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Matchmaking Scams Are New Enemy In Saudi Arabia

RIYADH — With more than 257,000 unmarried women in the country, and strict religious codes, traditional matchmaking is a lucrative business in Saudi Arabia. Yet with the rise of social media and online marriage websites, the industry is coming under pressure to stay financially viable, which has led to several recent reports of scandals that have broken both hearts and the country's strict Islamic laws.

The recent allegations of matchmaking abuses led to an uproar that prompted the Saudi government to launch multi-ministry investigations and seek new regulations. The Saudi ministries of Justice, Interior and Social Affairs have highlighted particularly outrageous cases, in which matchmakers — sometimes operating with fake licenses — “tricked” their clients, Al-Arabiya reported.

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Geopolitics

Our 'Emotional' Divide: How The Ukraine War Reveals A World Broken In Two

Russia's invasion has created a stark global divide: them and us. On one side are the countries refusing to condemn Moscow, with the West on the other. It's a dangerous split that could have repercussions far into the future.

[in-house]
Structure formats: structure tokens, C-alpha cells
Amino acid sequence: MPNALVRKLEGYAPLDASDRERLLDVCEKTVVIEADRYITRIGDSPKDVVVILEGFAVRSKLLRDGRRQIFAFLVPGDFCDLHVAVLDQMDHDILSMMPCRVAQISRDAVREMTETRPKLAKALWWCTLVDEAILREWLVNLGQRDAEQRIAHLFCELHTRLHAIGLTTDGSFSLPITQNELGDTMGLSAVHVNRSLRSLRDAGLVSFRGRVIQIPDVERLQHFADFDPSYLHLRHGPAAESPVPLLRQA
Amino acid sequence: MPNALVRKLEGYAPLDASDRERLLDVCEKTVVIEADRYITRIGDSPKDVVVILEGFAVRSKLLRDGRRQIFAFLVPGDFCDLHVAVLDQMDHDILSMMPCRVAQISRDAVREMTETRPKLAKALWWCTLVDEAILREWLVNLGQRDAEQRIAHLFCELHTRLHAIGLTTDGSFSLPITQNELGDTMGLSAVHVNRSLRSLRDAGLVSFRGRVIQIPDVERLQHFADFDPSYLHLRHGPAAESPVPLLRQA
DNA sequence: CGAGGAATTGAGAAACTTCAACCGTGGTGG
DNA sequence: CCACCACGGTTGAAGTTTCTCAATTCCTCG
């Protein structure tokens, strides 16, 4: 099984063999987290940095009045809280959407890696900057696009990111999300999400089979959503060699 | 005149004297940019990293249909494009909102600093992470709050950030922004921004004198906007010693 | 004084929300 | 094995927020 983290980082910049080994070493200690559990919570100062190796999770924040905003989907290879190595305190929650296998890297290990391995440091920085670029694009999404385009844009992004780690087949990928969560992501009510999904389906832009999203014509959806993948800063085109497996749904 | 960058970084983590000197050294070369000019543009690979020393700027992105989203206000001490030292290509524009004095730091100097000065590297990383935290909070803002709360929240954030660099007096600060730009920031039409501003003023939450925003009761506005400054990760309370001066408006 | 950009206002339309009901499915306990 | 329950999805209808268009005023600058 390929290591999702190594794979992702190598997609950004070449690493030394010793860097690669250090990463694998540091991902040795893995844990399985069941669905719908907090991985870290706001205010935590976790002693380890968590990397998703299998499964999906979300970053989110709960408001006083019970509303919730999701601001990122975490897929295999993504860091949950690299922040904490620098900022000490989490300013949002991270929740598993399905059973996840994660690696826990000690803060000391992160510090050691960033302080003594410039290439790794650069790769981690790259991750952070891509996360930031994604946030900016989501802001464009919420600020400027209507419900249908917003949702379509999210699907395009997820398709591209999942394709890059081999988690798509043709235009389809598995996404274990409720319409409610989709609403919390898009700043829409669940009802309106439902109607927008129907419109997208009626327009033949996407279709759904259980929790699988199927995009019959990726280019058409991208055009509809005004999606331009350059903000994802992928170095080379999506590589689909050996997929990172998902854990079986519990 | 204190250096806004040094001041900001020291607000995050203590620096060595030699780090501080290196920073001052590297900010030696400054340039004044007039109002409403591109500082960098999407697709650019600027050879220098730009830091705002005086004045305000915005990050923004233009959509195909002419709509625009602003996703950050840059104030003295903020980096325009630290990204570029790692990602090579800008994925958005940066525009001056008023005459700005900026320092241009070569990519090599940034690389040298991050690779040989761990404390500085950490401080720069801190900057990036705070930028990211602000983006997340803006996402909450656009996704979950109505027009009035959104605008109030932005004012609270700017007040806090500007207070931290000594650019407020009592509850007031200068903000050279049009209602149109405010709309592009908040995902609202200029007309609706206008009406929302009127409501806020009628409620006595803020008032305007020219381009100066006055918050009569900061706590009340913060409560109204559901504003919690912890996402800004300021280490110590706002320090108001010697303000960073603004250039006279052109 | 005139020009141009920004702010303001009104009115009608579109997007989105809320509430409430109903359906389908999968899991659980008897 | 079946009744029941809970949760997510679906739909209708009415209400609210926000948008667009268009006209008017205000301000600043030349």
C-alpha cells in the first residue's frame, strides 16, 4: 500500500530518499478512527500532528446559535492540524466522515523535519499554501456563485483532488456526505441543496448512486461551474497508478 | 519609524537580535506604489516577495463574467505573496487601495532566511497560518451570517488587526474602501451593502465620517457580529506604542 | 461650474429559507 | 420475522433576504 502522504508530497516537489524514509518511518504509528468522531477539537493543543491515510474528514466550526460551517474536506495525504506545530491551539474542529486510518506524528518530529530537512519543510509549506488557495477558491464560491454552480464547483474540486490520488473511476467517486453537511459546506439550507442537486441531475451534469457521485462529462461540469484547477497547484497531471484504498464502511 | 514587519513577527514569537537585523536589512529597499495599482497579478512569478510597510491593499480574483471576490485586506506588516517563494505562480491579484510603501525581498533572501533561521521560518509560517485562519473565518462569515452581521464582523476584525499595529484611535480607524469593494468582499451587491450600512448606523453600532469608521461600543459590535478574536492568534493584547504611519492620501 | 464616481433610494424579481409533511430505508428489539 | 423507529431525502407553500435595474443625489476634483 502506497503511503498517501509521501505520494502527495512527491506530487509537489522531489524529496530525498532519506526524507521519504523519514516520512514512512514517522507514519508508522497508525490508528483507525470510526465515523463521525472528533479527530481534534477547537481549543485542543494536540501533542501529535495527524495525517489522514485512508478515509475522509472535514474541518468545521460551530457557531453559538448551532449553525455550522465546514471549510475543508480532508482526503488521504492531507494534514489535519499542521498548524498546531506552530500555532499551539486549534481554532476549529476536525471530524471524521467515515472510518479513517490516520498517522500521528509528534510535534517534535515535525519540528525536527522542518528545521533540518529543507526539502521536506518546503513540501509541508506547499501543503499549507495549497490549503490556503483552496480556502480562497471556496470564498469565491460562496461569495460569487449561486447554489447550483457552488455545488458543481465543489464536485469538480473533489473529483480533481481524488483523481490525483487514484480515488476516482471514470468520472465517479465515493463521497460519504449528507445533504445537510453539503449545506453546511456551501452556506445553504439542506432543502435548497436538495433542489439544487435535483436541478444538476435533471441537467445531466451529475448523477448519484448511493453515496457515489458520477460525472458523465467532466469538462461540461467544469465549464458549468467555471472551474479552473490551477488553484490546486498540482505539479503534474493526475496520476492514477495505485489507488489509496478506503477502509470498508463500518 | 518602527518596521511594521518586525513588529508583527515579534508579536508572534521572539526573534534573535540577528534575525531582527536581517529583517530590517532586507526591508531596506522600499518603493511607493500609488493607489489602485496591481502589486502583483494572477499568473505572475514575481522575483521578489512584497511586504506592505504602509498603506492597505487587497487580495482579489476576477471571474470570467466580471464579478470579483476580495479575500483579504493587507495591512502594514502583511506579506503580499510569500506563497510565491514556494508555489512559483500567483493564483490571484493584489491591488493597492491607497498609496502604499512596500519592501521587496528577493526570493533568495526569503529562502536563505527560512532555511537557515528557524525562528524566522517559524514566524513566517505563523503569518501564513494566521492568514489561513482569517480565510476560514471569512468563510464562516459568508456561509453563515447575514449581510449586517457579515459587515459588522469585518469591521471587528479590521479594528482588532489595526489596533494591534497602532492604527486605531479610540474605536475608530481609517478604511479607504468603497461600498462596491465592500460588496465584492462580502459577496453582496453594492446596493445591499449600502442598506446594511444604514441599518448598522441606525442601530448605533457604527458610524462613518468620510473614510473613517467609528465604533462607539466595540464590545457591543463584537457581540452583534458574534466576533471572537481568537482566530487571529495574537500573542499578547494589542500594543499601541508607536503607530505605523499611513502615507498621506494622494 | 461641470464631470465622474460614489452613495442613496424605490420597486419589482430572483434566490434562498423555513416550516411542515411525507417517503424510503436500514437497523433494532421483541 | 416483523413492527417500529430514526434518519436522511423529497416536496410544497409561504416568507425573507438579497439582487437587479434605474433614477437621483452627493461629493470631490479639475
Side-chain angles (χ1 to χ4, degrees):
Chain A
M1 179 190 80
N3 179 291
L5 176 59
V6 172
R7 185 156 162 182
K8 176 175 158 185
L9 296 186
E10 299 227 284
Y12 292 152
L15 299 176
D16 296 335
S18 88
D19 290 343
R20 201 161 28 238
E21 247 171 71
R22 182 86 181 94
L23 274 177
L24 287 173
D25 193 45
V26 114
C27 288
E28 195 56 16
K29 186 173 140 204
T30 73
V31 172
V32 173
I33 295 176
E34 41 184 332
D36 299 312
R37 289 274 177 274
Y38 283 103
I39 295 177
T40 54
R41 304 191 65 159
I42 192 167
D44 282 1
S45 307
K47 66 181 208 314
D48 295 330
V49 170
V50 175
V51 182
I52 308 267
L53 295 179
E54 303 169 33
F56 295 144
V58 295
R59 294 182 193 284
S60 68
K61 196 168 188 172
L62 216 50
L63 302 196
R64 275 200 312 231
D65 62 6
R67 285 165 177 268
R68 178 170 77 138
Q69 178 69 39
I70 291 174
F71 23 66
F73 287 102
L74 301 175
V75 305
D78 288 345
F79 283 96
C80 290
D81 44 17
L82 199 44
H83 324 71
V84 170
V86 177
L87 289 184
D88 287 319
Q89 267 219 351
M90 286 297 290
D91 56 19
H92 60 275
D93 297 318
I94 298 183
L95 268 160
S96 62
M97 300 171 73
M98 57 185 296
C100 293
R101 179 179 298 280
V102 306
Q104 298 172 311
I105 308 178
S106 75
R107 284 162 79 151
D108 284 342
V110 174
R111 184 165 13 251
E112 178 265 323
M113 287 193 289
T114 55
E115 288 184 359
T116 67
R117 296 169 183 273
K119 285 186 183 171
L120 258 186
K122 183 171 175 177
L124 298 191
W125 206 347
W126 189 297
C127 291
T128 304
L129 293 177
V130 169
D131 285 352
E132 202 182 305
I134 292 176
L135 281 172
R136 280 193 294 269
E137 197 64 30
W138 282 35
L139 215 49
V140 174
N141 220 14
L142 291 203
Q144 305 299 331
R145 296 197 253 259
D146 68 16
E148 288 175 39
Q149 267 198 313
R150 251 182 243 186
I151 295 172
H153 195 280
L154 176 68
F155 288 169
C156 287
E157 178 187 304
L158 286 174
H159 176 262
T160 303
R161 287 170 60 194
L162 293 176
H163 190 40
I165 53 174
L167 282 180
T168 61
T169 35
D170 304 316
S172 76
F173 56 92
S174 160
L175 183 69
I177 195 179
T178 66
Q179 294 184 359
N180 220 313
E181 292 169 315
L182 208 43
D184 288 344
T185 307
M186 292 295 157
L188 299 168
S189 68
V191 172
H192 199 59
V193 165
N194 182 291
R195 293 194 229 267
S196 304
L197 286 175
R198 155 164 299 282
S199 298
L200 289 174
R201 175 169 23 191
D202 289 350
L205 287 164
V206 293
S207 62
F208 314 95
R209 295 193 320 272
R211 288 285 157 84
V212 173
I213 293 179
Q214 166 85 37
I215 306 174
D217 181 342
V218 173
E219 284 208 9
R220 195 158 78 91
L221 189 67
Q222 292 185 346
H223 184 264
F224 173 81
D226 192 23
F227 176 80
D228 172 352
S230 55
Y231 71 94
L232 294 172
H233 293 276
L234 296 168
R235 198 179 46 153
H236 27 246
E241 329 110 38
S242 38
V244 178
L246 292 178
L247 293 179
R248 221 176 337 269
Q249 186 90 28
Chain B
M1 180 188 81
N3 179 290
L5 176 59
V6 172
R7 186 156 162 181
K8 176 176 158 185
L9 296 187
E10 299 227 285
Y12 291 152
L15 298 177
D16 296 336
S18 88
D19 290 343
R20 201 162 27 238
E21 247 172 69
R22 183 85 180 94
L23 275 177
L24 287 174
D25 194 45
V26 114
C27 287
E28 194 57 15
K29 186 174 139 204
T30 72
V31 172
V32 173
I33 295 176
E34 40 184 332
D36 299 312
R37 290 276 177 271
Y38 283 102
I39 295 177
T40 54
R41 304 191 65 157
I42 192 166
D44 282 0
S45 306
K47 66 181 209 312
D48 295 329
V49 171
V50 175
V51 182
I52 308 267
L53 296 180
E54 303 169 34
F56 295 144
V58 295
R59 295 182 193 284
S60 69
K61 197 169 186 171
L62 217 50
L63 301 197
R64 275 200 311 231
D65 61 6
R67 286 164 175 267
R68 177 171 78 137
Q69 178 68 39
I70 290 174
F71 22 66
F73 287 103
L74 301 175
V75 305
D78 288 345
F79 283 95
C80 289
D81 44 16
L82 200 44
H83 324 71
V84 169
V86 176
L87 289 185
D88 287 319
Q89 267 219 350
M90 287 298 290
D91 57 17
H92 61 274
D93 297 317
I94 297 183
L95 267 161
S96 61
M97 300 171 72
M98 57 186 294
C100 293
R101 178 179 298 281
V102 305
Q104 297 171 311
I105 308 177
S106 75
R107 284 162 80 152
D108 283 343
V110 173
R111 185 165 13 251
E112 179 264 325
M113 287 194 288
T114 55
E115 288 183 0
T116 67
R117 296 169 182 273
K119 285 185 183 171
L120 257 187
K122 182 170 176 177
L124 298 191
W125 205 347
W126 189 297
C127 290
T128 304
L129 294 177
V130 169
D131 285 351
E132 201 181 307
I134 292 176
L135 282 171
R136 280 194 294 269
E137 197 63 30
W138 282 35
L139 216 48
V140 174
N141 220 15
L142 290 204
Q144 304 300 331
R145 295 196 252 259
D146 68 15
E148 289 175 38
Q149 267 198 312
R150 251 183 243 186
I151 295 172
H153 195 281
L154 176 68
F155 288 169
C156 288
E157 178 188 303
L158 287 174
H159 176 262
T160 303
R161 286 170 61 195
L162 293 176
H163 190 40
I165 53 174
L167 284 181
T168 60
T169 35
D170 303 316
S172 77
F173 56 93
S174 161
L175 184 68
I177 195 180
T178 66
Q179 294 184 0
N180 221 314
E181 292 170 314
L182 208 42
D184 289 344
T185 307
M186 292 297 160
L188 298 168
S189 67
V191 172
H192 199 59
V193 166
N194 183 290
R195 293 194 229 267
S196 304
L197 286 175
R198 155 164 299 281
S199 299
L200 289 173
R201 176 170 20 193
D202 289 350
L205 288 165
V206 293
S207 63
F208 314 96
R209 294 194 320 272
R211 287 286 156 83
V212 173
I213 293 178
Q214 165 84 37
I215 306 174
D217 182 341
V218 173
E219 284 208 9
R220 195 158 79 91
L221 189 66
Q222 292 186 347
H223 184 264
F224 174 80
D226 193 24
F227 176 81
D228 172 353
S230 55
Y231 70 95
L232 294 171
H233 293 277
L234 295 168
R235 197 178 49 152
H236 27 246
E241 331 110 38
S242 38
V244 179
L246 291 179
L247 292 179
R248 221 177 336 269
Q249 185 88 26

Protesters against the war in Ukraine demonstrate in front of the Russian embassy in London

Dominique Moïsi

-Analysis-

PARIS — "The West and the Rest of Us." That's the title of a 1975 essay written by Nigerian essayist and critic Chinweizu Ibekwe. I've been thinking about his words as the war in Ukraine both reveals and accelerates divisions of the world that I believe are ultimately "emotional" in nature.

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With war returning to Europe and the risk of escalation, there is a gap between the Western view and that of the "others," a distinct "us and them." This gap cannot be explained in strictly geographical, political, and economic terms.

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Central to the tragic absurdity of this war is the question of language. Vladimir Putin has repeated that protecting ethnic Russians and the Russian-speaking populations of Ukraine was a driving motivation for his invasion.

Yet one month on, a quick look at the map shows that many of the worst-hit cities are those where Russian is the predominant language: Kharkiv, Odesa, Kherson.

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